65 Million years ago, a Near Earth Asteroid (NEA) 6 miles in diameter, slammed into the Earth along the Yucatan peninsula, near Chicxulub. It had the power of a 100 Million megaton nuclear blast (the largest man-made nuclear bomb is only 50 megatons) and over 75% of life on Earth, including the dinosaurs, plants, and other life forms vanished. Life hung by a thread.
The Discovery Channel created a stark video which detailed what would happen if a 500 km NEA crashed into the Earth.
There have been at least 5 ELEs (Extinction Level Events) during the last 500 million years of Earth’s history, not counting the Big Daddy of them all when a Mars-sized object slammed into a young Earth 4.5 billion years ago. The collision was so immense that the Earth’s surface melted, was blasted into space and the core was exposed. Over the next millions of years, the Earth slowly healed. However there is a nightly reminder of what took place; the gravitational pull of the debris coalesced into the current consensus of how the Moon was formed.
These events have happened before and they will most certainly happen again. “We live in a cosmic shooting gallery, Rusty Schweickart noted, “and that being hit by a ‘big one’ is simply a matter of time. We have in our sister planet, the Moon, an excellent history of the visitation record of NEAs and comets to our local neighborhood.” Those craters on the Moon are the results of direct strikes.
Consider this. On Friday April 13, 2029 (yes, Friday the 13th) 99942 Apophis, a Near Earth Asteroid, will pass within 24,000 miles of Earth, just under our geosynchronous satellite field. In astronomical terms, this is an incredibly close call. When first discovered in 2004, there were global concerns that it might hit the planet in 2029 or on its return trip on Easter Sunday 2036. NASA has since downgraded the strike percentage to 1:233,000 and they will better refine their calculations in 2013 when the orbit of 99942 Apophis next brings it within tracking range. While the NEA is only three football fields in length and no more than 300 meters across, its packs a punch. If it were to collide with Earth, it would unleash the equivalent of a 510 megaton nuclear blast.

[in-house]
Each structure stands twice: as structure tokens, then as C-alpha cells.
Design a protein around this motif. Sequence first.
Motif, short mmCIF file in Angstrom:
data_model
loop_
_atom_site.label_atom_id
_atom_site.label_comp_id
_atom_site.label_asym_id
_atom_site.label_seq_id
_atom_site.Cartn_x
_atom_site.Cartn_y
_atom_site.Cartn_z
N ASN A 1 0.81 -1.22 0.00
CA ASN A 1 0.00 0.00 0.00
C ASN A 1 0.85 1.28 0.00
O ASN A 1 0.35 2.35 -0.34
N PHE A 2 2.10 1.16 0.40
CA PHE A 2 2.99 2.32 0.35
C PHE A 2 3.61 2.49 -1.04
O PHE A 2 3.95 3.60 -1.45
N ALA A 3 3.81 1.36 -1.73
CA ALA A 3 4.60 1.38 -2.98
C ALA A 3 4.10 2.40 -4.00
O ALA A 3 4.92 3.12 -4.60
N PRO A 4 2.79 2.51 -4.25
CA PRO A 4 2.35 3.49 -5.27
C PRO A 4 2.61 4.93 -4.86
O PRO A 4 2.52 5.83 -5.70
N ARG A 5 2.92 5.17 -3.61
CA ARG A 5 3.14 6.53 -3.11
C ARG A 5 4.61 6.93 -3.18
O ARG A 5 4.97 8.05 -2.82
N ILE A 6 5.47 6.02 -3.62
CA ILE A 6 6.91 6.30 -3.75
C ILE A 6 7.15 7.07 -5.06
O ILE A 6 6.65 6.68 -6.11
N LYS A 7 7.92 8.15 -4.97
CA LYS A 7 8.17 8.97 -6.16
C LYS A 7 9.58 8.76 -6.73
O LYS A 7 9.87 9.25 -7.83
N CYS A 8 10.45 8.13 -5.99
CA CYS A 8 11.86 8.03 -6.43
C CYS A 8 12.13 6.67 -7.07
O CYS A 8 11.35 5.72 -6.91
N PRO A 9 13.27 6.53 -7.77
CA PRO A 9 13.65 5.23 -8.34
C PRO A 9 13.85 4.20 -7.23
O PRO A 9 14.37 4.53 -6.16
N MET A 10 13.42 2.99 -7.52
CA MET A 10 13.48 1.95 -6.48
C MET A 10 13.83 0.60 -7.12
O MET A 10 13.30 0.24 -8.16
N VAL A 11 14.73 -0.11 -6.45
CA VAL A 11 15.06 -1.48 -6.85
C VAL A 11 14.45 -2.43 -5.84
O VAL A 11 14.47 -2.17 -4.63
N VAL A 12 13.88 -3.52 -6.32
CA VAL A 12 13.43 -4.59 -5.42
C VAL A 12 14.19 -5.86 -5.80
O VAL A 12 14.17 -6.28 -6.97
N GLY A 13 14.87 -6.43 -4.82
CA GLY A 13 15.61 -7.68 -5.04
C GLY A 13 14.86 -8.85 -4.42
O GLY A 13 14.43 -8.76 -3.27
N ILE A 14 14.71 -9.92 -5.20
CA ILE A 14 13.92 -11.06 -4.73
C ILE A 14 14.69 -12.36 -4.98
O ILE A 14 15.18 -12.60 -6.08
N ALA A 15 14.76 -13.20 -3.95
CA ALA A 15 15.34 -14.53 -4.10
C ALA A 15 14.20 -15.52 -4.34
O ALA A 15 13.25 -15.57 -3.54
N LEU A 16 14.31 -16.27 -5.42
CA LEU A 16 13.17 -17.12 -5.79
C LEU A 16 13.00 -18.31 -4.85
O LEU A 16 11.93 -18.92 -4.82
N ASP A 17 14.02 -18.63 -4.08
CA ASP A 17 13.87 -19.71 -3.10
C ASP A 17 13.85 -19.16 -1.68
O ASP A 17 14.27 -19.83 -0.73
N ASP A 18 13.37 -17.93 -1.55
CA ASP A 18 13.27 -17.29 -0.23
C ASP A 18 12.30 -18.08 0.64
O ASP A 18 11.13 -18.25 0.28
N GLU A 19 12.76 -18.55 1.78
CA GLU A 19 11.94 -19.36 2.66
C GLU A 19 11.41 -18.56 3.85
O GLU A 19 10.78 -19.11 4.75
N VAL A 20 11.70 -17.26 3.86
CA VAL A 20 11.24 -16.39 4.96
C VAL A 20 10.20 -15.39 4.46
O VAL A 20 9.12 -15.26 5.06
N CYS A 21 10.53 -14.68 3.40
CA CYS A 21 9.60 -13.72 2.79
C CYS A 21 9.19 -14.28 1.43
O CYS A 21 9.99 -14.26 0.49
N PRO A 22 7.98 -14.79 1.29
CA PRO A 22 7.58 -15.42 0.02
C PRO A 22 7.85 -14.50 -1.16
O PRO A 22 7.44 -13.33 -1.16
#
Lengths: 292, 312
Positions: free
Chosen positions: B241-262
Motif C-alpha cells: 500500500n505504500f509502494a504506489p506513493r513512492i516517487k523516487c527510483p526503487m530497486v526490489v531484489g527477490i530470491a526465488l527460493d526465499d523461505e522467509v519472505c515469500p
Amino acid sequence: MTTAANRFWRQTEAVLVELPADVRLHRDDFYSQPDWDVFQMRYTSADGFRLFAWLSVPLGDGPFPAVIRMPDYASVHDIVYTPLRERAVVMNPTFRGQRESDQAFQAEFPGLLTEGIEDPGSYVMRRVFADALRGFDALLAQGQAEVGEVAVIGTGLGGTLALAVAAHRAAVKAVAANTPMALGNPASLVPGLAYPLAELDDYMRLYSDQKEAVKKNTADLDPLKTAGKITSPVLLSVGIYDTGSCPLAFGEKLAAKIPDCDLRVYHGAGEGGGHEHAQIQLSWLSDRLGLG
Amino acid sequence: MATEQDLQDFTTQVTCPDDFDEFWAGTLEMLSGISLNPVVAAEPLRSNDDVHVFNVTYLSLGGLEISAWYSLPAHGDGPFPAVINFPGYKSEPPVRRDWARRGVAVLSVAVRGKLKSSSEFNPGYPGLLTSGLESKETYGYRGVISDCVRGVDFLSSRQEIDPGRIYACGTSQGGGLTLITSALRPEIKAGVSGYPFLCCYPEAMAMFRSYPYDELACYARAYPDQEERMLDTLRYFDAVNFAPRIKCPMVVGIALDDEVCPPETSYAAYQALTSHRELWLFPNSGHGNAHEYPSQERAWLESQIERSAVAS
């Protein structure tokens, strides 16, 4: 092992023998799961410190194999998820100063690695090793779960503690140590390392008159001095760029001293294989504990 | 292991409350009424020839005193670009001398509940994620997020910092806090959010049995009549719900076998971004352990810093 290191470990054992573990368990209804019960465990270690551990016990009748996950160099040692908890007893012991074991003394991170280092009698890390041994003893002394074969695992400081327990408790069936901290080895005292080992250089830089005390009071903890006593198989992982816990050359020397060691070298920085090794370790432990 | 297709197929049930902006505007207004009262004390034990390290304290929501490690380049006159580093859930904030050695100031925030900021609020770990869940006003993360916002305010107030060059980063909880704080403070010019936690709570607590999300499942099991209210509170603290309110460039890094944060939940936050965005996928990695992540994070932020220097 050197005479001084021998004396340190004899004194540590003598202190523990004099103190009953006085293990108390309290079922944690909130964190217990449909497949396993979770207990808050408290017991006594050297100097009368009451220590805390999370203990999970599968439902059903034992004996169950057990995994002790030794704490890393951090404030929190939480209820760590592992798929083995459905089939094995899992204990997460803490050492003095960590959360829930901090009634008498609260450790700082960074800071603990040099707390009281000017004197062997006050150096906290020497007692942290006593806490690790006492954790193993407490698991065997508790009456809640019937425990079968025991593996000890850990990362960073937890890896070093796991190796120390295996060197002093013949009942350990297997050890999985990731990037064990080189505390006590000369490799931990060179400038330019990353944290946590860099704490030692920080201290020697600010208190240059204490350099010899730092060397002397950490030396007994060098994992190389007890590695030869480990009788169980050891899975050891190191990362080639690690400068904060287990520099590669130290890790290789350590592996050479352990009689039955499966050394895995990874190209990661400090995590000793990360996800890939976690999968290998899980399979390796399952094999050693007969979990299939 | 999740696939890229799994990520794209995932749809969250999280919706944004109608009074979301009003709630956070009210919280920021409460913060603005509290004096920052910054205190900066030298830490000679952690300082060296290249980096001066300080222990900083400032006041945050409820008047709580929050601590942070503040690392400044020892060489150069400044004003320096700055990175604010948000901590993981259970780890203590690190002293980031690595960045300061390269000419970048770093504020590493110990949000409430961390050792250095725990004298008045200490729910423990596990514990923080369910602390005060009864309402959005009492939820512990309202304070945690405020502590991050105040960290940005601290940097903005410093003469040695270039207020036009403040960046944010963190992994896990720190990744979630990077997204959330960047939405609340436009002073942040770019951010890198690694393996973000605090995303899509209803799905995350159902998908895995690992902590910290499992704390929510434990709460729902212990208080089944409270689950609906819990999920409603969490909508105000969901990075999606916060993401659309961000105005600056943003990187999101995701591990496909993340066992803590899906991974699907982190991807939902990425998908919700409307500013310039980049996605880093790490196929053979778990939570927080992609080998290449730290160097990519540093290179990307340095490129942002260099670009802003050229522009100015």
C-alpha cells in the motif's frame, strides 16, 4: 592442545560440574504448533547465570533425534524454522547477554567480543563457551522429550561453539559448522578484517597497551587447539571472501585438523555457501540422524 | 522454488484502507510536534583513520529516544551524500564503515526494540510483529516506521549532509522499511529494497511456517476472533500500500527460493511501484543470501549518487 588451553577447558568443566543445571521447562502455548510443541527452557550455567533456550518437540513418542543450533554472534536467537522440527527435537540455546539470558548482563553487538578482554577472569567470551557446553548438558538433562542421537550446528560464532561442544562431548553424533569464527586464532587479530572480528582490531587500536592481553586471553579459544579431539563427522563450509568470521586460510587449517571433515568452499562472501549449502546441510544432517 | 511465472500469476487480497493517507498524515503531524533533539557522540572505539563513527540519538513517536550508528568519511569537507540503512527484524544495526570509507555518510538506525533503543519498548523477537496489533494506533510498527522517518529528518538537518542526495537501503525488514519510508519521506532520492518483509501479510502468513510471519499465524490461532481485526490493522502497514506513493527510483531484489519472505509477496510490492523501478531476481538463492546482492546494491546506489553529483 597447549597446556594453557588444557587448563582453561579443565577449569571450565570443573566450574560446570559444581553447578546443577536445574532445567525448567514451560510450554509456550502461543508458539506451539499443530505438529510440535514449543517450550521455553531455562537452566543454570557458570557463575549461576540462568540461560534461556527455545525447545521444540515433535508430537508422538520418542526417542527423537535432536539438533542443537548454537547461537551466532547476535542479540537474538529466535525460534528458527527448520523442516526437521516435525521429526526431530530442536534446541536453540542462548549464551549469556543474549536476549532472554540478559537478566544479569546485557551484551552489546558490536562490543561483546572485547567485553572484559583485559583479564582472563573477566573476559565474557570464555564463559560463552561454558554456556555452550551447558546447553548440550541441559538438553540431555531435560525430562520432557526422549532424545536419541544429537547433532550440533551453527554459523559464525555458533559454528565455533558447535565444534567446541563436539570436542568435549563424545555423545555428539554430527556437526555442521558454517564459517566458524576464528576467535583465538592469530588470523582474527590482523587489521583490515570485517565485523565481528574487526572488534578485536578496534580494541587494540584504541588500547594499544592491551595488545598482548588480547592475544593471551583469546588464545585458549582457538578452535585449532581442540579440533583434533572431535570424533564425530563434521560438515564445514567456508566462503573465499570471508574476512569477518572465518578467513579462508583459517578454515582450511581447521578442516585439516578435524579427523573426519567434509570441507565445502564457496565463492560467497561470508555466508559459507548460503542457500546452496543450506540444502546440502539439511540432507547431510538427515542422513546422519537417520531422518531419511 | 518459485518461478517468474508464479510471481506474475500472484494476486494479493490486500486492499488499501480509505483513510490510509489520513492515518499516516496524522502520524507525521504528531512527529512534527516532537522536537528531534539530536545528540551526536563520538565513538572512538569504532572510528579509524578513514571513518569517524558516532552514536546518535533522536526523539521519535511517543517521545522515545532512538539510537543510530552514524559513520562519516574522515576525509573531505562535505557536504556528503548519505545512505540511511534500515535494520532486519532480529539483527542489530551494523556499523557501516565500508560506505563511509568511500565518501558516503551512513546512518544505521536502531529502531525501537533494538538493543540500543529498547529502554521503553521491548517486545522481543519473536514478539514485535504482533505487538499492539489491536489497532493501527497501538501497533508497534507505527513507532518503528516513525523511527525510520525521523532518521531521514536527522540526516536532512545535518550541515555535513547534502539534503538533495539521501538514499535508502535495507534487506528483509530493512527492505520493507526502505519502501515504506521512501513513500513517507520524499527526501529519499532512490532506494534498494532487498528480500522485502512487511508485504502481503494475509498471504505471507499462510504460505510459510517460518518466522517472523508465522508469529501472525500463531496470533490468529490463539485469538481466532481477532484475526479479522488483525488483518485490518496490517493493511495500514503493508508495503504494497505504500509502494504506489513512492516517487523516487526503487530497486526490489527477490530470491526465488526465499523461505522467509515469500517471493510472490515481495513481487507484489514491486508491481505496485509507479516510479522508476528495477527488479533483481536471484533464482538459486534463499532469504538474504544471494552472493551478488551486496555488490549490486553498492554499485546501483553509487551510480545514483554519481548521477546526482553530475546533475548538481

Can we prevent a 6th ELE? Understanding the dangers posed by NEOs and NEAs has been the life work of former Apollo astronaut Rusty Schweickart. Rusty was the lunar module pilot on Apollo 9 and later served as backup commander for the first Skylab mission, which flew in the spring of 1973. Schweickart is the founder and past president of the Association of Space Explorers (ASE), the international professional society of astronauts and cosmonauts. The organization promotes the cooperative exploration and development of space and the use of space technology for human benefit. The ASE has a current membership of over 391 astronauts and cosmonauts from 31 nations.
Rusty is also current Chairman of the Board of the B612 Foundation and gets its name from the asteroid found in the well-known children’s book “The Little Prince,” by Antoine de St. Exupery. The organization is comprised of former astronauts, scientific professionals and other technical people, who are involved in and concerned about the inevitability of the impacts from NEAs and other Near Earth Objects (NEOs).
Rusty has joined The Luncheon Society four times in the last decade, most notably in January 2007 when we were joined by Mercury astronauts Wally Schirra and Scott Carpenter, Dorin Prunariu , the first Romanian Cosmonaut, Alexei Leonov, the Soviet space pioneer as well as the first man to walk in space, along with 5 shuttle astronauts and Sergei Avdeev , who spent 747 days as a cosmonaut on Mir. Also in attendance was Carolyn Shoemaker, who co-discovered over 800 asteroids and 32 comets, chief among them Shoemaker-Levy-9. Each time The Luncheon Society has met with Rusty, we’ve received an update on his progress and that night’s intimate scientific gathering enjoyed he conversation.
How Shoemaker-Levy 9 changed everything. In 1994, the remnants of comet Shoemaker Levy-9 broke into 21 fragments and slammed into Jupiter, leaving a series of Earth-sized bruises in the Jovian upper atmosphere. Because of the advance notice, earthbound telescopes as well as the Hubble transmitted astonishing pictures. Not only could astronomers observe the collision and what was kicked up into the upper atmosphere, but it also underlined the dangers of Near Earth Objects crashing into Earth. The events of 65 Million years ago now had a modern urgency. Could our past fate be avoided for future generations?
What’s the first task? Get a good accounting of what is out there. Once thought to a realm of clockwork precision and meticulous order, our solar system is full of space debris. Some of it is man-made from a half century of flinging rockets into space. The great majority of it comes from matter left over from the creation of our solar system. They include dust, rocks, and huge boulders scotch-taped together by the thinnest strands of microgravity. Most have their own elliptical path with speed determined by its proximity to the Sun, but those which cross the earth’s elliptical orbit offer potential danger to harm our planet.